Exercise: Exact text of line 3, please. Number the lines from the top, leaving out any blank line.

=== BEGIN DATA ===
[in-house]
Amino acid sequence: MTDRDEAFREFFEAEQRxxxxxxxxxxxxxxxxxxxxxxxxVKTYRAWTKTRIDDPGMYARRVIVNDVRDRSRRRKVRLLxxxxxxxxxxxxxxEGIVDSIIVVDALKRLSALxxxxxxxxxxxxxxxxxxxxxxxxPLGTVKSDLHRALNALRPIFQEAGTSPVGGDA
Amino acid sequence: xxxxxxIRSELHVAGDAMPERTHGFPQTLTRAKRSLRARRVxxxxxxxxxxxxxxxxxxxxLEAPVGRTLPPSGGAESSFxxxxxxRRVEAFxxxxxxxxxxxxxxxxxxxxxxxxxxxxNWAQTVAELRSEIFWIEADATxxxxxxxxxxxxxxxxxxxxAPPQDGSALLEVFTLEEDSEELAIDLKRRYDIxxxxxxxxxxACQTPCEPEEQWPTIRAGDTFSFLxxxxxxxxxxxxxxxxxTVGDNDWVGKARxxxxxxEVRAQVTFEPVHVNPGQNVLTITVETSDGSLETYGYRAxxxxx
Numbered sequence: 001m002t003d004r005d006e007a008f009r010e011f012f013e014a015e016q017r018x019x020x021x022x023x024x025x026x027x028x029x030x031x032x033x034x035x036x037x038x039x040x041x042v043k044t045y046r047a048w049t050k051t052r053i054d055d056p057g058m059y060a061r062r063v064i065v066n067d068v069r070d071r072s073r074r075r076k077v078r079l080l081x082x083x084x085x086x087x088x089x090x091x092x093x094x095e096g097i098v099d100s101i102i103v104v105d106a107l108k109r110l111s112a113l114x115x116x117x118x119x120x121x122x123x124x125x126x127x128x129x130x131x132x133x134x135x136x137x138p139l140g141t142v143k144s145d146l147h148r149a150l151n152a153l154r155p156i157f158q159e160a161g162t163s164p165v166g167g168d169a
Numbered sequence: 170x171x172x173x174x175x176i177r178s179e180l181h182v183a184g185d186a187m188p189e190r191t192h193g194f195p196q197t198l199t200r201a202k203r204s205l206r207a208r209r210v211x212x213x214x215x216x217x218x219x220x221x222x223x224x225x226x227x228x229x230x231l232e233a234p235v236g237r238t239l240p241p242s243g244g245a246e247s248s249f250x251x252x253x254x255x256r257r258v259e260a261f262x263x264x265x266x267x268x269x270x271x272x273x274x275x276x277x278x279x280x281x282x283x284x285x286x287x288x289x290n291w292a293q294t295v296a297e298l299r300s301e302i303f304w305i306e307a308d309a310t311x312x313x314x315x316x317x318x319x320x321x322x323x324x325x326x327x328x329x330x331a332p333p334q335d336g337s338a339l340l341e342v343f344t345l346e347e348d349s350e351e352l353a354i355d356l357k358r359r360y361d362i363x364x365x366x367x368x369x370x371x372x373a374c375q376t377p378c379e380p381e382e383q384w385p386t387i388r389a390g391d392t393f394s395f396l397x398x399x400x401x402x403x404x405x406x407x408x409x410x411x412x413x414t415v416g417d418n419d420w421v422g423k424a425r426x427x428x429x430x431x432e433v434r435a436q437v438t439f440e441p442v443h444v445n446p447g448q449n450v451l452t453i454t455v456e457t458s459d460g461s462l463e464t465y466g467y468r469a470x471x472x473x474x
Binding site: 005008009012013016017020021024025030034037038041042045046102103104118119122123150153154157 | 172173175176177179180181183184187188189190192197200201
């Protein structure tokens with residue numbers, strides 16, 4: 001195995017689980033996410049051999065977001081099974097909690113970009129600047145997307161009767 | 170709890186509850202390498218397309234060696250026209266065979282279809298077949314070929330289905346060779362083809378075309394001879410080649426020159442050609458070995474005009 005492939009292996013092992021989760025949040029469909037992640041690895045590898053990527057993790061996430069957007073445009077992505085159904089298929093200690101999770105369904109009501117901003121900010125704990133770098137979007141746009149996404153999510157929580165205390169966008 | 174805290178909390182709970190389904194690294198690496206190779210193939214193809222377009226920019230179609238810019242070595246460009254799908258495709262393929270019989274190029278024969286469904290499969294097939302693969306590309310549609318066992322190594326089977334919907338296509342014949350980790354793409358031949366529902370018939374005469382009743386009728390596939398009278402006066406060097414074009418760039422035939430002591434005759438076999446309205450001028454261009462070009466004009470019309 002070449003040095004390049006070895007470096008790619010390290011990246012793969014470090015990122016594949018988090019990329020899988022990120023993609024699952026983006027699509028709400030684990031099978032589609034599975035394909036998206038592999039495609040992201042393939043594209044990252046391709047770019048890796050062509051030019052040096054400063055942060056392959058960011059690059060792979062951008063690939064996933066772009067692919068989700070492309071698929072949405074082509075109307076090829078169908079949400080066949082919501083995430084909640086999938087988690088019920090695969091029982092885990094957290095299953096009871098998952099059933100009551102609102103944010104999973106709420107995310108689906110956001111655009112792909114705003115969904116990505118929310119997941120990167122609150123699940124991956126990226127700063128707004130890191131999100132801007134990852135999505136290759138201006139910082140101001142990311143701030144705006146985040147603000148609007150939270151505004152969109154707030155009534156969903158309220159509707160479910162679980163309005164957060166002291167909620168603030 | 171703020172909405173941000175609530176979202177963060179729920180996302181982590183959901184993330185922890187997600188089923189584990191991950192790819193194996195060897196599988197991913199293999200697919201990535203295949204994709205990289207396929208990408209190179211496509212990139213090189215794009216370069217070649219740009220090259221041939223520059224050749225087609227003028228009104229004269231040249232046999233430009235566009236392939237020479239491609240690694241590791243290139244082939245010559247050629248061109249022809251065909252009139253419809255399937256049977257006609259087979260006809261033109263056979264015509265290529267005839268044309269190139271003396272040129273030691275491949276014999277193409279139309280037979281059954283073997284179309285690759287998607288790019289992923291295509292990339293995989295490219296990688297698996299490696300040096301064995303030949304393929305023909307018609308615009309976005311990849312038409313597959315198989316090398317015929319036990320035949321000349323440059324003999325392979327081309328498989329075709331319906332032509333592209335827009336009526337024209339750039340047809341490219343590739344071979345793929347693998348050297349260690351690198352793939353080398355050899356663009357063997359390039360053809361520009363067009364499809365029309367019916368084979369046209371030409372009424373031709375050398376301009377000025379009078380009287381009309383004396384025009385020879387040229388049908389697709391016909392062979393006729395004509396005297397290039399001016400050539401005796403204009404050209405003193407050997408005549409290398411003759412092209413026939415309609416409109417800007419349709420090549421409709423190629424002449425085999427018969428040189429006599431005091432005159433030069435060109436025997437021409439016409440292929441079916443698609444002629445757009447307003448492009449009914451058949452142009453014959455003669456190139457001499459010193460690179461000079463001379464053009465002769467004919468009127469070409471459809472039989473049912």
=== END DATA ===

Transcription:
Amino acid sequence: xxxxxxIRSELHVAGDAMPERTHGFPQTLTRAKRSLRARRVxxxxxxxxxxxxxxxxxxxxLEAPVGRTLPPSGGAESSFxxxxxxRRVEAFxxxxxxxxxxxxxxxxxxxxxxxxxxxxNWAQTVAELRSEIFWIEADATxxxxxxxxxxxxxxxxxxxxAPPQDGSALLEVFTLEEDSEELAIDLKRRYDIxxxxxxxxxxACQTPCEPEEQWPTIRAGDTFSFLxxxxxxxxxxxxxxxxxTVGDNDWVGKARxxxxxxEVRAQVTFEPVHVNPGQNVLTITVETSDGSLETYGYRAxxxxx